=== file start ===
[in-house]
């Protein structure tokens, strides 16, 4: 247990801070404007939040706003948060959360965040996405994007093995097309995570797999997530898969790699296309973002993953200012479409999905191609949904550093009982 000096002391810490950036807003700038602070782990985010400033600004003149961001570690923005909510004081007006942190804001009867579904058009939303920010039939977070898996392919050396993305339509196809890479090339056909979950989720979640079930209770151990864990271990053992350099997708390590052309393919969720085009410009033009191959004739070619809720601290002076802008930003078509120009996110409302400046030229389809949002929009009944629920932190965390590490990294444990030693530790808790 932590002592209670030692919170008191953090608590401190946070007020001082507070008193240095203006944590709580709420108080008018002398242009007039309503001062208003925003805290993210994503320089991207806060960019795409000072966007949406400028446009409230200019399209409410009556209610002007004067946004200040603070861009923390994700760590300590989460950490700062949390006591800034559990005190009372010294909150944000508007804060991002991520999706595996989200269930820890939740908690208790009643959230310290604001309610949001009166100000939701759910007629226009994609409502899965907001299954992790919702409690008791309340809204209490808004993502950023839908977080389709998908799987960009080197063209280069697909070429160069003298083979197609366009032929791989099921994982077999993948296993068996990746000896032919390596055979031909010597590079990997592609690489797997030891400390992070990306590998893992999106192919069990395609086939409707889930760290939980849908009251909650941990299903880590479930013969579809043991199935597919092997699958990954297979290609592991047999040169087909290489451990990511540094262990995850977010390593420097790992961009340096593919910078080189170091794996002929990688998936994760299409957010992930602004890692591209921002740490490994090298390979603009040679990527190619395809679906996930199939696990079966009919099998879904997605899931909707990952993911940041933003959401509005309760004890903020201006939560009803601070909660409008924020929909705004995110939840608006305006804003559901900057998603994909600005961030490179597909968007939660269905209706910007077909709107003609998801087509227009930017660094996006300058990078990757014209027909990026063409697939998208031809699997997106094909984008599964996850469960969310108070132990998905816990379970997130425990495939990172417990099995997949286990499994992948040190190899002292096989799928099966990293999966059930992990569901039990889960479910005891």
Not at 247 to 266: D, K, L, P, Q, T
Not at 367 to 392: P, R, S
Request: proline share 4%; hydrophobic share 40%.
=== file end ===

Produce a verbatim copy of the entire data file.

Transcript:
[in-house]
């Protein structure tokens, strides 16, 4: 247990801070404007939040706003948060959360965040996405994007093995097309995570797999997530898969790699296309973002993953200012479409999905191609949904550093009982 000096002391810490950036807003700038602070782990985010400033600004003149961001570690923005909510004081007006942190804001009867579904058009939303920010039939977070898996392919050396993305339509196809890479090339056909979950989720979640079930209770151990864990271990053992350099997708390590052309393919969720085009410009033009191959004739070619809720601290002076802008930003078509120009996110409302400046030229389809949002929009009944629920932190965390590490990294444990030693530790808790 932590002592209670030692919170008191953090608590401190946070007020001082507070008193240095203006944590709580709420108080008018002398242009007039309503001062208003925003805290993210994503320089991207806060960019795409000072966007949406400028446009409230200019399209409410009556209610002007004067946004200040603070861009923390994700760590300590989460950490700062949390006591800034559990005190009372010294909150944000508007804060991002991520999706595996989200269930820890939740908690208790009643959230310290604001309610949001009166100000939701759910007629226009994609409502899965907001299954992790919702409690008791309340809204209490808004993502950023839908977080389709998908799987960009080197063209280069697909070429160069003298083979197609366009032929791989099921994982077999993948296993068996990746000896032919390596055979031909010597590079990997592609690489797997030891400390992070990306590998893992999106192919069990395609086939409707889930760290939980849908009251909650941990299903880590479930013969579809043991199935597919092997699958990954297979290609592991047999040169087909290489451990990511540094262990995850977010390593420097790992961009340096593919910078080189170091794996002929990688998936994760299409957010992930602004890692591209921002740490490994090298390979603009040679990527190619395809679906996930199939696990079966009919099998879904997605899931909707990952993911940041933003959401509005309760004890903020201006939560009803601070909660409008924020929909705004995110939840608006305006804003559901900057998603994909600005961030490179597909968007939660269905209706910007077909709107003609998801087509227009930017660094996006300058990078990757014209027909990026063409697939998208031809699997997106094909984008599964996850469960969310108070132990998905816990379970997130425990495939990172417990099995997949286990499994992948040190190899002292096989799928099966990293999966059930992990569901039990889960479910005891």
Not at 247 to 266: D, K, L, P, Q, T
Not at 367 to 392: P, R, S
Request: proline share 4%; hydrophobic share 40%.